Russia » Politics
Author`s name Dmitry Sudakov

A321: Four lessons for Russia

FSB chief Alexander Bortnikov stated on November 17 that the A321 passenger aircraft was destroyed as a result of a terrorist attack. CIA Director John Brennan stated that terrorist attacks in Paris were not an isolated incident, as terrorists were likely to be working on more attacks. What must be done to minimize the terrorist threat? Is Russia protected good enough?

It is obvious that both of the terrorist attacks are links of one chain, but Russia turned out to be more protected: the terrorists were not able to organize a terrorist attack inside the country and found a weak link in Egypt. Europe, with its policy of "open doors" turned out to be much more vulnerable from the inside.

CIA Director John Brennan stated that ISIS could form an external branch that could work on new terrorist attacks in Europe. The CIA chief admitted that European intelligence services were struggling to keep track of hundreds of European extremists who returned home from Syria and Iraq.

More attacks in Europe to follow?

Brennan also said that US intelligence had not yet confirmed that it was the Islamic State group that claimed responsibility for the attacks. At the same time, the CIA Director added that the attacks in Paris and the crash of the Russian A321 aircraft in Egypt, were signs of the activities of the Islamist group.

Noteworthy, Islamic State posted a message on Twitter saying that next targets would be London, Rome and Washington.

It appears that the Americans are confused about the fact that the omnipresent NSA and the intelligence network are unable to cope with the terrorist threat. The refusal of the authorities of 24 US states to accept refugees from Syria came as an expression of general uncertainty and lack of confidence to special services.

There is another version: Washington did not even think to cope with the terrorist threat. Many analysts suggest that Washington and US allies in the Middle East finance the Islamic State. What should Russia do? What actions should Russia take?

This question was answered by President Vladimir Putin. He vowed to find the perpetrators, wherever they may be. "We will be looking for them wherever they may be hiding. We'll find them anywhere in the world and we will punish them," Putin said at a meeting of the Russian Security Council on Tuesday.

These were not just emotions. Putin knows what he is talking about. Apparently, intelligence and counter-intelligence services are already working in this direction.

At the recent G-20 summit, President Putin said that terrorists of the Islamic State are sponsored by individuals from 40 countries, including G20 members.

Russia has extensive experience in fighting terrorism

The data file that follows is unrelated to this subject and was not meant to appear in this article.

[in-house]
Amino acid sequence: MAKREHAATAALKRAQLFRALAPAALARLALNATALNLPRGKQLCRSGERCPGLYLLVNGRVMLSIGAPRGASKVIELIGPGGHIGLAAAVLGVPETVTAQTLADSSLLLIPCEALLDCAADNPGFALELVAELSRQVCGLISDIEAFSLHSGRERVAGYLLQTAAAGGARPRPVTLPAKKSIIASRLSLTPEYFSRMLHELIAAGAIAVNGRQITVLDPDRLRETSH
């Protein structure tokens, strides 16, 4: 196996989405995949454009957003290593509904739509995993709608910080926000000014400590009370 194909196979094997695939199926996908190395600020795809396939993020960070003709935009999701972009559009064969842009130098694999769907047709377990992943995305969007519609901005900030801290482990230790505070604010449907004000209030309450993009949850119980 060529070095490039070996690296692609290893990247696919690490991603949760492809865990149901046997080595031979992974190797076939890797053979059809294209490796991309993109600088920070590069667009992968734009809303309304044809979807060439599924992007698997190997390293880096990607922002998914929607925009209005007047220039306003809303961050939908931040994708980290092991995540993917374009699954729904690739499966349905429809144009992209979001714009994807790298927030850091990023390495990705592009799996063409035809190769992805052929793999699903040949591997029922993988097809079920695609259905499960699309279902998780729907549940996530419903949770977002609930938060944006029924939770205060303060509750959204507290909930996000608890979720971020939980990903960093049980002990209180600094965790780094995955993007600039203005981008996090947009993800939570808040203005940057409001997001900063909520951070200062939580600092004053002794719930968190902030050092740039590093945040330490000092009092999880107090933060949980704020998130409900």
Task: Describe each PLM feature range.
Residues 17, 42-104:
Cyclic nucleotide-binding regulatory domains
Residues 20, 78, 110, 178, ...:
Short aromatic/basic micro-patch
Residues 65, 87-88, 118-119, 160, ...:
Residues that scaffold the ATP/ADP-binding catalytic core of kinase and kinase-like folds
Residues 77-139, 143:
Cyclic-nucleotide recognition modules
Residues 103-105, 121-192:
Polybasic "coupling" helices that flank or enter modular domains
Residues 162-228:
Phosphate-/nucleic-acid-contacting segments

Interestingly, the West did not hesitate to talk about Iran as "hotbed of terrorism", but nothing like that has ever been said about Turkey. A lot remains unclear about supply channels, through which  Islamists receive weapons, ammunition and manpower. Much will depend on diplomatic efforts, but in reality there was very little hope that, for example, Turkey will try to do something at this point.

Putin also said that Russia should intensify military actions in Syria. Indeed, it is only effective physical destruction that may somewhat cool the ardor of those wanting to join the ranks of the Islamic Sate.

Thirdly, Russia needs to strengthen security measures inside the country. This concerns both the work of security services and the unity of the society in the face of the terrorist three. Here the Russians have an extensive experience.

Fourthly, one must insist on tougher security measures at foreign airports, in places where Russian tourists traditionally gather. Should someone refuse to follow such recommendations, Russia must stop all direct flights to those countries. First and foremost, it concerns Turkey - the country, with which Russia does not a visa regime, the country that plays the role of a revolving door for terrorists.

The Third World War is already on - this is a war on terrorism, and Russia is prepared for it.  

Will it be possible to create a coalition against terrorism? During World War II, the second front was  opened only when the allies realized that the victory of the Soviet Union was imminent.

Lyuba Lulko
Pravda.Ru

Read article on the Russian version of Pravda.Ru

Comments
Russia close to recognising Donetsk and Luhansk republics after Donbass elections
Russia close to recognising Donetsk and Luhansk republics after Donbass elections
Russia close to recognising Donetsk and Luhansk republics after Donbass elections
Russia close to recognising Donetsk and Luhansk republics after Donbass elections
Mikhail Gorbachev shares his thoughts on nuclear war
Mikhail Gorbachev shares his thoughts on nuclear war
Russia rips its economy apart with help from the West
Russia close to recognising Donetsk and Luhansk republics after Donbass elections
Russia rips its economy apart with help from the West
Russia rips its economy apart with help from the West
Norwegians complain of demoralised NATO soldiers
Russia close to recognising Donetsk and Luhansk republics after Donbass elections
Russian PM threatens not to go to World Economic Forum in Davos
Americans obtain secret information about Russia’s new Avangard missiles
Russia close to recognising Donetsk and Luhansk republics after Donbass elections
Russia close to recognising Donetsk and Luhansk republics after Donbass elections
The difference between Polish and Ukrainian nationalism is plain to see
Norwegians complain of demoralised NATO soldiers
Russia unveils nuclear-powered interstellar spaceship
Russia unveils nuclear-powered interstellar spaceship
Russia close to recognising Donetsk and Luhansk republics after Donbass elections